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By Garic B.D. Warner, Special Teams Coordinator, Marietta High School (OH)

The main concept behind the rugby punt is giving your coverage players additional time to get downfield before the kick. Not every high school team is blessed with a punter with great hang time.

By Garic B.D. Warner
Special Teams Coordinator
Marietta High School (OH)
Twitter: @mumford421



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The main concept behind the rugby punt is giving your coverage players additional time to get downfield before the kick. Not every high school team is blessed with a punter with great hang time. The rugby punt allows you to get those precious seconds during the snap to kick interval. The punter must have a consistent launch point, as protection is vital for every punt.



The rugby punt formation possibilities are endless. Here at Marietta High School, we believe in winning special teams play with better fundamentals and effort. The only formation variant we teach is the shield punt. We simply move our wing back to the shield and the gunners to tight end. While the coverage rules don’t change, the protection scheme is a bit different and more in line with traditional shield punt concepts. Below is our rugby and shield punt formations.

Diagram 1


When protection becomes a greater priority than coverage, we shift to our shield formation. We simply move our gunners to tight ends and the wing drops back to the shield.

Diagram 2


Depending on the accuracy of your punter, you may want to move the left gunner in closer to the formation. Rugby punting isn’t as accurate as traditional punting. If your punter can’t put the ball where he wants it, it’s best to keep that left gunner wider for errant kicks.



In the past, if we’ve had an athletic center, we’ve allowed him to release on the snap. This past season, our center wasn’t a great coverage guy so he stayed in to primarily take up space. We don’t ask our centers to block anybody. We want him focused solely on the snap. 

The guards, tackles, and wing work together as a unit. We don’t worry about any rushers outside our left tackle. Our splits, speed of the snap, and punter rollout should beat anyone from the backside C gap. Also, we’re only concerned with defenders within 2-3 yards of the line of scrimmage. Our players are taught to attack the outside shoulder of the first defender to their right. They work through him and start downfield. Again, the center is only there to take up space. Once he sees he isn’t needed, he covers the kick.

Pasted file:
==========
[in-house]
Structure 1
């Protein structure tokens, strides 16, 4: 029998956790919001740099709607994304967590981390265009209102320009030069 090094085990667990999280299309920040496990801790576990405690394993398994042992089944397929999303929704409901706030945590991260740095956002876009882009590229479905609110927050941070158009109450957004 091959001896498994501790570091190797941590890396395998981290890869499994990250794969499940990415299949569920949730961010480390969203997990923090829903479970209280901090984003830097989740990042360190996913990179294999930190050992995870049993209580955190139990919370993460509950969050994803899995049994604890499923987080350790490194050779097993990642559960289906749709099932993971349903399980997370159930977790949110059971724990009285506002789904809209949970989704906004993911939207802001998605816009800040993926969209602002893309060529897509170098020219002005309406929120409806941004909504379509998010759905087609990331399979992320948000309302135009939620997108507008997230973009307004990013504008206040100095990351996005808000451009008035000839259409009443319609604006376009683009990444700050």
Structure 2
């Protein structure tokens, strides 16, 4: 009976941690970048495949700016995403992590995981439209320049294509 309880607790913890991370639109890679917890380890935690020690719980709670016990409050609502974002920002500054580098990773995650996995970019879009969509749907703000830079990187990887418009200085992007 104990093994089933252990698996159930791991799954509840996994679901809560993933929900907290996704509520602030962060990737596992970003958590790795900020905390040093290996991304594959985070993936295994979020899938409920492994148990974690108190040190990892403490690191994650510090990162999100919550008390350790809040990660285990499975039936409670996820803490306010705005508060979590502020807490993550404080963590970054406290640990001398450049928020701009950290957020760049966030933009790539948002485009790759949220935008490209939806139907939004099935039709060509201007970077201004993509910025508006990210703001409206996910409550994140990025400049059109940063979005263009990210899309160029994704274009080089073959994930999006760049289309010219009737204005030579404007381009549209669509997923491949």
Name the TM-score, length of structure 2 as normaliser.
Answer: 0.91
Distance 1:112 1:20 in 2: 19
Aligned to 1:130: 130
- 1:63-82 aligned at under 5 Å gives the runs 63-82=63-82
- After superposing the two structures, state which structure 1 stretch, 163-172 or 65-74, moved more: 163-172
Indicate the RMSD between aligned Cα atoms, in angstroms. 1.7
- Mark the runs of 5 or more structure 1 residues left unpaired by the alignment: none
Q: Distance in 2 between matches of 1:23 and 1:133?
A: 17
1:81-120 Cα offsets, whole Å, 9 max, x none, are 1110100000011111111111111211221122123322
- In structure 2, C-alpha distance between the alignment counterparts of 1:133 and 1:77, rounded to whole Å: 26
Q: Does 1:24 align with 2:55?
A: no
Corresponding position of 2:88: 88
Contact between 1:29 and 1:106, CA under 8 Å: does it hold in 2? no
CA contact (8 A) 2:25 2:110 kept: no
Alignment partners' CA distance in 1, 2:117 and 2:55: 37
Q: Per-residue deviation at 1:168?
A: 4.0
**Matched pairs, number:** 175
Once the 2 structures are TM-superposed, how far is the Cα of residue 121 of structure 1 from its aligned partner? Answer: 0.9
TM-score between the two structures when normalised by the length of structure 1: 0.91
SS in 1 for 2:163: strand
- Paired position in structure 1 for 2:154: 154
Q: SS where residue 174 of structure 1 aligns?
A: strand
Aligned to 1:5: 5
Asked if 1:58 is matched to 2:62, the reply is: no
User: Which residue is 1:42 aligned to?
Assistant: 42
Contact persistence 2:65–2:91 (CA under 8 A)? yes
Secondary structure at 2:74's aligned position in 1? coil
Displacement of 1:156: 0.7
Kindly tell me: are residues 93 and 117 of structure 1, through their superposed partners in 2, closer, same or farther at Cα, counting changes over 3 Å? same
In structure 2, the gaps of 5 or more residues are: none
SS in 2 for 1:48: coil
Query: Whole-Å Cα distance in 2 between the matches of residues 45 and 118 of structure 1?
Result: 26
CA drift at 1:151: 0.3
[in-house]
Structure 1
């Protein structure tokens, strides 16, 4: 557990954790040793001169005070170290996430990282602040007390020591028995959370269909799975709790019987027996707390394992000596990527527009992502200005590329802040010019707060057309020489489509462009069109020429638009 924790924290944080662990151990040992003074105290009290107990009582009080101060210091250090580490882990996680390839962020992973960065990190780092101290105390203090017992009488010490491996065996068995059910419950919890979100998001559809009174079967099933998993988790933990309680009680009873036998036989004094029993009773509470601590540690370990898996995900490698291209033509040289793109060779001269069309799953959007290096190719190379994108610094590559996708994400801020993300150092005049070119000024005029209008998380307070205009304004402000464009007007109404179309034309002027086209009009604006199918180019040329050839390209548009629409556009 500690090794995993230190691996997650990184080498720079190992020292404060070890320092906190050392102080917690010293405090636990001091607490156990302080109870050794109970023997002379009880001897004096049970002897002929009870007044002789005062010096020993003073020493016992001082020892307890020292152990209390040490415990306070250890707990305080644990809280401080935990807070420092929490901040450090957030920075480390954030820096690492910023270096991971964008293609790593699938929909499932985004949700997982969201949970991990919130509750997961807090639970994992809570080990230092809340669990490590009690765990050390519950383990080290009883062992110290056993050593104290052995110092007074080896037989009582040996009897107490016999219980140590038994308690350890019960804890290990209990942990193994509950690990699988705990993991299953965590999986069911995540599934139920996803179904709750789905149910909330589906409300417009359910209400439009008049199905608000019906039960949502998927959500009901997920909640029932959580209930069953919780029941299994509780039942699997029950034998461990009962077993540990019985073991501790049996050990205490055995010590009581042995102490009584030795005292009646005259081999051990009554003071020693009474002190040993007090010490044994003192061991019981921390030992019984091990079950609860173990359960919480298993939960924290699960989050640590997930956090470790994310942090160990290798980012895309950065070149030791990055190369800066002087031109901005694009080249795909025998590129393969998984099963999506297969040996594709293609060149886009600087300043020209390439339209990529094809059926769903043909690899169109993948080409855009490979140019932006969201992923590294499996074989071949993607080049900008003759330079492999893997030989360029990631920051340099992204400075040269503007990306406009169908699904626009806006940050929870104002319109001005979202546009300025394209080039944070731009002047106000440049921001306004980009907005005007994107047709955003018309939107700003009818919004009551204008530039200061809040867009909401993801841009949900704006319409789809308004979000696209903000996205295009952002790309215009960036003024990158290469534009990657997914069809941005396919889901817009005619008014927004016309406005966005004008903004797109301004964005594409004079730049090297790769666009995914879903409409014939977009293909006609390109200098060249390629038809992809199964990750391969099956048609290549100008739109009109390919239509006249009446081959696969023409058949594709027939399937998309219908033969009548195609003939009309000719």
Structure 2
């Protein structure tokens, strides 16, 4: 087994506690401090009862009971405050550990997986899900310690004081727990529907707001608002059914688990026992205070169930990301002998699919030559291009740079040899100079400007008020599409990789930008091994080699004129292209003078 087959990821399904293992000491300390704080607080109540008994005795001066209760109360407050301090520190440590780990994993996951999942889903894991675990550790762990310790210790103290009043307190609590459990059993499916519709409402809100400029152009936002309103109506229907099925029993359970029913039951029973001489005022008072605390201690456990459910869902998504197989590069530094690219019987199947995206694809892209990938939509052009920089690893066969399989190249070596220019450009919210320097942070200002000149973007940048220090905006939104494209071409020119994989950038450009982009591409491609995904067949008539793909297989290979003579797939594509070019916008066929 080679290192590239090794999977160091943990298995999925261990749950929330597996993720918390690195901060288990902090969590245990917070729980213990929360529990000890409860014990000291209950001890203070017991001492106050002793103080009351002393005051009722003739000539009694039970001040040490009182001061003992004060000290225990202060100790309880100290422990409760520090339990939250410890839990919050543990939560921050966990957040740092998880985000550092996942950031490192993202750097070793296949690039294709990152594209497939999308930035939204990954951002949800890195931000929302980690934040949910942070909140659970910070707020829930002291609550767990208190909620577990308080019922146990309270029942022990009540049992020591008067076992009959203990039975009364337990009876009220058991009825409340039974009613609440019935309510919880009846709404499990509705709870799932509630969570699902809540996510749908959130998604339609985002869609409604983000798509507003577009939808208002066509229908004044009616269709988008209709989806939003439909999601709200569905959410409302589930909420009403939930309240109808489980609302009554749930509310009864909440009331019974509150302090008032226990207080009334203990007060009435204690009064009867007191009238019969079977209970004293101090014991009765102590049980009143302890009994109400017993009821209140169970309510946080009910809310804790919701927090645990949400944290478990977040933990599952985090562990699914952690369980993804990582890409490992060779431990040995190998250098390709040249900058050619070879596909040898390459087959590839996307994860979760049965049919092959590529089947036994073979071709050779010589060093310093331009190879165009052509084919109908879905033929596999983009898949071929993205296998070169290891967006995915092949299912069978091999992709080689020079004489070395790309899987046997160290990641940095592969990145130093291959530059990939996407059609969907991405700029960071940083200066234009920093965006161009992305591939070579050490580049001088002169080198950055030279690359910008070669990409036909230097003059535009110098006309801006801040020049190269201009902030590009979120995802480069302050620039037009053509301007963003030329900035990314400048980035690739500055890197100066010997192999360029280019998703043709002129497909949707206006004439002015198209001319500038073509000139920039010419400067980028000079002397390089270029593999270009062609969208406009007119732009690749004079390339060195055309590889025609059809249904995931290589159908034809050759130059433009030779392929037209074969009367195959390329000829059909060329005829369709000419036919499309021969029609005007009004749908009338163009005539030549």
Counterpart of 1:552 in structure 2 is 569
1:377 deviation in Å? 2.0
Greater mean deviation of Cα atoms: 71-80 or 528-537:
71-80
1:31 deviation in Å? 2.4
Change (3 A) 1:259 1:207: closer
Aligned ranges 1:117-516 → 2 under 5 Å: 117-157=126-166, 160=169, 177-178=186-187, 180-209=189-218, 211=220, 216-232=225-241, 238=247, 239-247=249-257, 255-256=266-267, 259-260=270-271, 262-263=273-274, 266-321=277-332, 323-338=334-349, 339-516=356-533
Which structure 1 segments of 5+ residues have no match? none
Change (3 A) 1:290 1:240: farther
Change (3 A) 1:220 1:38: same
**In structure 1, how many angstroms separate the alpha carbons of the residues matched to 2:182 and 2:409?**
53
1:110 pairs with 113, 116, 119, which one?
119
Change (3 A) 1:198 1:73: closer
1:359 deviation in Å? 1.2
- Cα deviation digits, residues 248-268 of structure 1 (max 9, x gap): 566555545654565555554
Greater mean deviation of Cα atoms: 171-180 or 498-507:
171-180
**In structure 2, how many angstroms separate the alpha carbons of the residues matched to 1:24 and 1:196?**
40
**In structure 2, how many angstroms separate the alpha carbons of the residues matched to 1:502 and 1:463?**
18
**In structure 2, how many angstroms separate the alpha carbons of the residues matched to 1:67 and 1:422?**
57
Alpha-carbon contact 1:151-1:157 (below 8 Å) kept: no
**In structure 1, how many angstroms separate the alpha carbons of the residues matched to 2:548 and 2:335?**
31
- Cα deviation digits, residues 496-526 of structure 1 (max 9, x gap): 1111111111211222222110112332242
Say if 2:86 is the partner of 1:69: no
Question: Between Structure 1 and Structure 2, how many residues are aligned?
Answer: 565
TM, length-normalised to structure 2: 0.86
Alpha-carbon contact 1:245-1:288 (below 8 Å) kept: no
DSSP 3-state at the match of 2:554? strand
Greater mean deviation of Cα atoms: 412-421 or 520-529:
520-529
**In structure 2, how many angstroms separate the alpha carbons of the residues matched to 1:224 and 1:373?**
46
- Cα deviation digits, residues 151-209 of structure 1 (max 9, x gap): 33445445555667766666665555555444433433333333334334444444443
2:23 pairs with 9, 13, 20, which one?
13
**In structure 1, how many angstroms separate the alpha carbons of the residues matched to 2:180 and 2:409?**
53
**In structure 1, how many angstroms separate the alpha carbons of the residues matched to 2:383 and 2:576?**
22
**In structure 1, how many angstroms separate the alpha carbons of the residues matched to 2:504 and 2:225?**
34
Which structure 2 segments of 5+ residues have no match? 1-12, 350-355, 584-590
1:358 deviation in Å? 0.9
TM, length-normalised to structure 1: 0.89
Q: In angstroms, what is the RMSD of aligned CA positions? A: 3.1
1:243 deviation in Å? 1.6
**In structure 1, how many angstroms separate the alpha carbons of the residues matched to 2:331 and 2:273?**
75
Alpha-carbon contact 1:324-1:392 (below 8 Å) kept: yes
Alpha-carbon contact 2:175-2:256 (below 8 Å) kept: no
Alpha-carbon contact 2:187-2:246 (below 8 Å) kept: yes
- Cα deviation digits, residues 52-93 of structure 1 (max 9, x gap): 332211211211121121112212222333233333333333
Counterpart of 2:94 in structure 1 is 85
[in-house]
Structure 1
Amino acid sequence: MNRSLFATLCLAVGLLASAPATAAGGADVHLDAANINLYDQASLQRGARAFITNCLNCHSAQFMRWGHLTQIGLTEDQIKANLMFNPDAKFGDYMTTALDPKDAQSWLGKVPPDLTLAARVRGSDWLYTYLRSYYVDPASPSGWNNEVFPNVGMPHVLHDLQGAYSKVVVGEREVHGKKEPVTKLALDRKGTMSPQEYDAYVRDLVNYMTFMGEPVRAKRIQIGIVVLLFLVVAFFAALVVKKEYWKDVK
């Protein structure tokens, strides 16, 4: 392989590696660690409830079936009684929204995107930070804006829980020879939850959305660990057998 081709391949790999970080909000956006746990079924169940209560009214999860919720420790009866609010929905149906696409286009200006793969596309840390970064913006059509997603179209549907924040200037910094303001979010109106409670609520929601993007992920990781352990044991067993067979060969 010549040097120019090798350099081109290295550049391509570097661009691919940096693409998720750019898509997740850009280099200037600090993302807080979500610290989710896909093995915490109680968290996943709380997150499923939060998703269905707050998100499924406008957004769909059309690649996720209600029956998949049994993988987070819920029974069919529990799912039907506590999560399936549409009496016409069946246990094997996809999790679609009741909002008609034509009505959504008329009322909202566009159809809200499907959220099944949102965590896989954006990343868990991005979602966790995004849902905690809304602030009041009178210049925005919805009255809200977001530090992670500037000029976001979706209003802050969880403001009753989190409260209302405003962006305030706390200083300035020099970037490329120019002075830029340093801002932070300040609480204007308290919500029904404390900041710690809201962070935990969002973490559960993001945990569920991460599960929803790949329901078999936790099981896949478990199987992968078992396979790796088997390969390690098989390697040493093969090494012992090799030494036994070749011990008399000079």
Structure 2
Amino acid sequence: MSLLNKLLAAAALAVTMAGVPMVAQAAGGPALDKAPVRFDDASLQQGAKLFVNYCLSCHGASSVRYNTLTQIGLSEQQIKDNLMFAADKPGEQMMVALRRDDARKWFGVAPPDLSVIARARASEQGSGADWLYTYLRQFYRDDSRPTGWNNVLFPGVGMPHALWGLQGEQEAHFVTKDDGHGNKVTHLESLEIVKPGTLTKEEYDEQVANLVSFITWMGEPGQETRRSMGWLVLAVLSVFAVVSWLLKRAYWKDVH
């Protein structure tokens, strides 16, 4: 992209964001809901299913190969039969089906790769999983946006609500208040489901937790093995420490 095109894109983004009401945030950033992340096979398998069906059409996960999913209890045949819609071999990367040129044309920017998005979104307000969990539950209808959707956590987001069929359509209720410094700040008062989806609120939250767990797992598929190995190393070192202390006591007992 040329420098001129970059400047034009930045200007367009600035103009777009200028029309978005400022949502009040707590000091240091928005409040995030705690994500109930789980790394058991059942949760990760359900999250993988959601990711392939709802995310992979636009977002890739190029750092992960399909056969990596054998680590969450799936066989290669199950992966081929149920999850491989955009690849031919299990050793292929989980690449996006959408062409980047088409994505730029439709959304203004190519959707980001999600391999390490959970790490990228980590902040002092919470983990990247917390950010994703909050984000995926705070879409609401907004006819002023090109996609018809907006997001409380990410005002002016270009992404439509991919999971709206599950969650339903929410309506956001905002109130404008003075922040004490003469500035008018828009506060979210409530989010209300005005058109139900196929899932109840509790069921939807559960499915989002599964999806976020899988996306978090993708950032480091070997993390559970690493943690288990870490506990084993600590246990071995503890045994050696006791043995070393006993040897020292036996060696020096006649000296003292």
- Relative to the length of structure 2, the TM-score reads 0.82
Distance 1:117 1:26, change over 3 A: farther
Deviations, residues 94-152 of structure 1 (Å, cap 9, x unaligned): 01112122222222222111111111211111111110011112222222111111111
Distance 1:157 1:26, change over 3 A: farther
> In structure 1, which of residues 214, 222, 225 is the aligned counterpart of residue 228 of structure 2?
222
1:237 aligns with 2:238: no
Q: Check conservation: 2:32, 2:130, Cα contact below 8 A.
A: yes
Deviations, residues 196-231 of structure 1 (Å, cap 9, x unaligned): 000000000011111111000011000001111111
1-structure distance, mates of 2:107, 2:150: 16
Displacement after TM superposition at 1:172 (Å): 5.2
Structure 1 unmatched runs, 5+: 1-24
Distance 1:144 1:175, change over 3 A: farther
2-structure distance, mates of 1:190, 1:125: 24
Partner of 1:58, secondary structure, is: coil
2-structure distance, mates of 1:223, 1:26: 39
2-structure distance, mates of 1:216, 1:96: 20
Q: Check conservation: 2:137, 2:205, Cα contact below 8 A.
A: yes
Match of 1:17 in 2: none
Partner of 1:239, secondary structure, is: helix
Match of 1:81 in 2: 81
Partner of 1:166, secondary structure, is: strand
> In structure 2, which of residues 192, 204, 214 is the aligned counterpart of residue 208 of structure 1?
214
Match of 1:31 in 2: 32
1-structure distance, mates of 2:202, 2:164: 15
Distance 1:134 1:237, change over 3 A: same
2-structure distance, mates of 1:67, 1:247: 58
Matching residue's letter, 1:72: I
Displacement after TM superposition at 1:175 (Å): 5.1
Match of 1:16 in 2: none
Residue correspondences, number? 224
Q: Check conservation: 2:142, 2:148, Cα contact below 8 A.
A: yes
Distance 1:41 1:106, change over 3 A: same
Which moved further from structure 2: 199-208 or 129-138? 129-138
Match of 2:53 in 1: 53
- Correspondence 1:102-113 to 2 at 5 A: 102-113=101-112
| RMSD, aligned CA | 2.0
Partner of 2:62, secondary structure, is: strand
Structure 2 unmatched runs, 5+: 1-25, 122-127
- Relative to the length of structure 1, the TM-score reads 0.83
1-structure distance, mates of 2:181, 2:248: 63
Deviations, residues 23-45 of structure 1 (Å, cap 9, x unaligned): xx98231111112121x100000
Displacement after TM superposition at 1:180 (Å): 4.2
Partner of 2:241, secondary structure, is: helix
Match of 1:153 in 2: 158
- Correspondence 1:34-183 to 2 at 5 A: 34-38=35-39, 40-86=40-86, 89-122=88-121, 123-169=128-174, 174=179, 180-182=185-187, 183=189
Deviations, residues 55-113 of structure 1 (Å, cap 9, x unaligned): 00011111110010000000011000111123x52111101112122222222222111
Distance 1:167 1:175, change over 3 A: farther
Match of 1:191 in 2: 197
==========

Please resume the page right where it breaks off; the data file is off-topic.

The two shield players responsibilities differ slightly. However, they are both taught to play like they're on the edge of a cliff and never go backwards. The left shield player shuffles to the right and checks play side A gap to backside A gap. He then releases on the kick. The right shield player shuffles to the right and blocks the first threat outside-in. He also releases on the kick.

The gunners' release on the snap. They are not involved in protection.

Below is an example of our protection scheme.

Diagram 3




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  • Details of the four different coverage segments associated with the Rugby punt: left coverage net, right coverage net, shield team and punter.
  • The open-field punt technique of the Punter, as it pertains to drops and placement.
  • The goal-line punt technique of the Punter as it pertains to drops and hips.
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There are many benefits to implementing the rugby punt for your team, increased time for your coverage players to get downfield and extra preparation time for your opponent is the most beneficial. The concepts and techniques are easy to implement and perfect.


Meet Coach Warner: Coach Warner is entering his sixth year as an assistant coach at Marietta High School. The last five of which have been in the position of special teams’ coordinator. He also serves as the head J.V. coach and varsity defensive line coach.




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